By Ava Forsythe. Invitation Card Types. Published at Friday, June 01st, 2018 - 20:37:51 PM.
Know Your Colors: Think about your wedding colors too. You may want to incorporate your hues and a motif (if you have one) into your wedding invitations—and then carry them throughout the rest of your wedding paper (like the escort cards, menus and ceremony programs) for a cohesive look. While ivory, cream or white card stock paired with a black or gold font is the classic choice for formal wedding invitations, you can also brighten your invites with colorful or metallic fonts, paper stock, envelopes and liners. Just keep readability in mind when choosing your colors (more on that later).
Choose Your Words Wisely: Learn the rules to wording your invitation. Traditionally, whoever is hosting is listed first on the invitation. Customarily, you should spell everything out, including the time of the ceremony. On classic wedding invitations, there's always a request line after the host's name—something like "so and so request the honor of your presence." The wording can change as the hosting situation does, so make sure to double-check you've added everyone who should be included.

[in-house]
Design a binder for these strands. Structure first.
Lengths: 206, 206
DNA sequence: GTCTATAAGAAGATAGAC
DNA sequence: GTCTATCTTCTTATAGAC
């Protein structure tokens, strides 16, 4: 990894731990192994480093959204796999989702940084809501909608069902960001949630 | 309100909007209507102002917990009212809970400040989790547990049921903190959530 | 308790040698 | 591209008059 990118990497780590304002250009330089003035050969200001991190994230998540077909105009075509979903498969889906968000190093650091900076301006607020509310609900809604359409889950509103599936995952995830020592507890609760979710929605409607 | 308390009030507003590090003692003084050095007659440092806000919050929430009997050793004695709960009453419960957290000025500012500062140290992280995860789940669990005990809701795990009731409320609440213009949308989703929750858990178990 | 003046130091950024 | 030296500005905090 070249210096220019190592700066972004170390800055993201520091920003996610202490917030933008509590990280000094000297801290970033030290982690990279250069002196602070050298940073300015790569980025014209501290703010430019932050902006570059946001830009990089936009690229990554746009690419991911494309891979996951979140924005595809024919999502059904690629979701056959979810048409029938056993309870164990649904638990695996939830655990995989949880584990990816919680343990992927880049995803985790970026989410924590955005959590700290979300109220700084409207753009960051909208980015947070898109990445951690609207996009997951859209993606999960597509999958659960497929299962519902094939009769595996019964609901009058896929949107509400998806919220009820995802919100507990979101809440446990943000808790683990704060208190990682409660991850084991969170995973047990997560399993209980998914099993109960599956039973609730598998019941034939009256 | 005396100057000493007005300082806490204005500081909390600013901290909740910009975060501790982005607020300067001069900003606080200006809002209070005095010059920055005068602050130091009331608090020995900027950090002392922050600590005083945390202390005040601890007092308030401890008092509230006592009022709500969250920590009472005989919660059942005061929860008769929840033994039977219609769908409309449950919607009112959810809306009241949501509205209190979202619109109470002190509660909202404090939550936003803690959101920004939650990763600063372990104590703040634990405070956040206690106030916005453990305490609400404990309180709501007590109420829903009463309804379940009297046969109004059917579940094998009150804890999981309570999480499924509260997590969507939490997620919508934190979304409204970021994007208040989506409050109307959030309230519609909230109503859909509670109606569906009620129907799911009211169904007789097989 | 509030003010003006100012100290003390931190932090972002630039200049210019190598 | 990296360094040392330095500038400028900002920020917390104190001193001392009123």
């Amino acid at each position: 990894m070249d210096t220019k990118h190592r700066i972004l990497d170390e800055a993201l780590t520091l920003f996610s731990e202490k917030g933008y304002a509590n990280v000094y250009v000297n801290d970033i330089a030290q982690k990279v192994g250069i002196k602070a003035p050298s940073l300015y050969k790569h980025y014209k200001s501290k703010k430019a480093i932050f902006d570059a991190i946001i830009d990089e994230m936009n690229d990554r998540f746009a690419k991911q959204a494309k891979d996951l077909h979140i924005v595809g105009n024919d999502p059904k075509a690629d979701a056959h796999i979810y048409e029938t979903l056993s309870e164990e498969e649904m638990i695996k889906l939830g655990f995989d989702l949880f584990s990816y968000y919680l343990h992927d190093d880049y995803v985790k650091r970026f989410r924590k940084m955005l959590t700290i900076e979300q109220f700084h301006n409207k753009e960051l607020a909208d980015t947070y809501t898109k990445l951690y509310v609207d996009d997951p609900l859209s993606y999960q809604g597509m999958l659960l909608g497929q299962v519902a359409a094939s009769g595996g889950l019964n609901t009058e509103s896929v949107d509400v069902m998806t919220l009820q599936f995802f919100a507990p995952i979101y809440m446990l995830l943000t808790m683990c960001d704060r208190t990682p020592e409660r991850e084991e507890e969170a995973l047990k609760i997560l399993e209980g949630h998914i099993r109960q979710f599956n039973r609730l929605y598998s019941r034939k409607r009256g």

In the wedding banquet, the couple will be pulled together. Every item will be printing with both A and P. This design is based on the following concept. Conceptually Angela and Peter are two different units before marriage, and this is the reason for two wedding invitations. However, starting from the day of marriage, they become one unit and everything is united together as "ONE". All the items such as table cards, Order of Services and Thank You Cards will be printed with both A and P. This kind of wedding invitation may be the most interesting among the three. However, it requires more thought in order to generate the design concept.
Use a paper punch to make some flower shapes. Begin making your flowers. Use a small glue dot or a drop of glue to begin assembling the base of your flower. Stack the top petals slightly turned on top of the bottom one so that the bottom petals are visible. Add more petals to finish your flower. Add more petals in smaller sizes, using a different color paper for the smallest petal for the top center.
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